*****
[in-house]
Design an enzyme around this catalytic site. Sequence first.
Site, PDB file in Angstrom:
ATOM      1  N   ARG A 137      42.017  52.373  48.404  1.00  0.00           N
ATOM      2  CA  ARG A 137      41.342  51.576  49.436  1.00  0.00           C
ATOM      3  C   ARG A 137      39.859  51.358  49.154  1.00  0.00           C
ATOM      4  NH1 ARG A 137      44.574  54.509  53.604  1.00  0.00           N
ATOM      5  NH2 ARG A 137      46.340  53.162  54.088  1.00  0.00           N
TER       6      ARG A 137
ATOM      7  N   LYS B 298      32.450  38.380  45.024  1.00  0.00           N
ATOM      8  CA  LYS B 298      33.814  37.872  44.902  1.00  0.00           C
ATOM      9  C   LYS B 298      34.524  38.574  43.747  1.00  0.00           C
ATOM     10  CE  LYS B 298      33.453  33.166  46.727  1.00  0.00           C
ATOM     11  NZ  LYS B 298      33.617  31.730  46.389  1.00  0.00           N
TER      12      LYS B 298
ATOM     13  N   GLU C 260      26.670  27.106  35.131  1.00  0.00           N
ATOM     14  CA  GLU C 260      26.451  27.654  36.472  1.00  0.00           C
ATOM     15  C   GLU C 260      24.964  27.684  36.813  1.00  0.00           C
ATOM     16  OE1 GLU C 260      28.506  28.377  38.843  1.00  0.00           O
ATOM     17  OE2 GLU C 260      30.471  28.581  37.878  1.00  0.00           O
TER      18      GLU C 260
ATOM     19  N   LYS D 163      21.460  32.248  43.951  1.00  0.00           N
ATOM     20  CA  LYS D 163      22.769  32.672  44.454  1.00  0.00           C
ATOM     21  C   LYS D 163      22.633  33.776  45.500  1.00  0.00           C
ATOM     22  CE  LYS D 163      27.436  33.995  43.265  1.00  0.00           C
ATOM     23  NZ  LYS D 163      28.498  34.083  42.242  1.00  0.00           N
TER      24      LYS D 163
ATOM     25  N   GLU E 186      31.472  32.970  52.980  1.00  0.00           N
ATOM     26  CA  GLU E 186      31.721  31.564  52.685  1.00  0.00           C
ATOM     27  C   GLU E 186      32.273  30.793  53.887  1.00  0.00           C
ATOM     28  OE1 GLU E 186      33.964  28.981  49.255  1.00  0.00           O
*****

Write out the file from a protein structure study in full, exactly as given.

[in-house]
Design an enzyme around this catalytic site. Sequence first.
Site, PDB file in Angstrom:
ATOM      1  N   ARG A 137      42.017  52.373  48.404  1.00  0.00           N
ATOM      2  CA  ARG A 137      41.342  51.576  49.436  1.00  0.00           C
ATOM      3  C   ARG A 137      39.859  51.358  49.154  1.00  0.00           C
ATOM      4  NH1 ARG A 137      44.574  54.509  53.604  1.00  0.00           N
ATOM      5  NH2 ARG A 137      46.340  53.162  54.088  1.00  0.00           N
TER       6      ARG A 137
ATOM      7  N   LYS B 298      32.450  38.380  45.024  1.00  0.00           N
ATOM      8  CA  LYS B 298      33.814  37.872  44.902  1.00  0.00           C
ATOM      9  C   LYS B 298      34.524  38.574  43.747  1.00  0.00           C
ATOM     10  CE  LYS B 298      33.453  33.166  46.727  1.00  0.00           C
ATOM     11  NZ  LYS B 298      33.617  31.730  46.389  1.00  0.00           N
TER      12      LYS B 298
ATOM     13  N   GLU C 260      26.670  27.106  35.131  1.00  0.00           N
ATOM     14  CA  GLU C 260      26.451  27.654  36.472  1.00  0.00           C
ATOM     15  C   GLU C 260      24.964  27.684  36.813  1.00  0.00           C
ATOM     16  OE1 GLU C 260      28.506  28.377  38.843  1.00  0.00           O
ATOM     17  OE2 GLU C 260      30.471  28.581  37.878  1.00  0.00           O
TER      18      GLU C 260
ATOM     19  N   LYS D 163      21.460  32.248  43.951  1.00  0.00           N
ATOM     20  CA  LYS D 163      22.769  32.672  44.454  1.00  0.00           C
ATOM     21  C   LYS D 163      22.633  33.776  45.500  1.00  0.00           C
ATOM     22  CE  LYS D 163      27.436  33.995  43.265  1.00  0.00           C
ATOM     23  NZ  LYS D 163      28.498  34.083  42.242  1.00  0.00           N
TER      24      LYS D 163
ATOM     25  N   GLU E 186      31.472  32.970  52.980  1.00  0.00           N
ATOM     26  CA  GLU E 186      31.721  31.564  52.685  1.00  0.00           C
ATOM     27  C   GLU E 186      32.273  30.793  53.887  1.00  0.00           C
ATOM     28  OE1 GLU E 186      33.964  28.981  49.255  1.00  0.00           O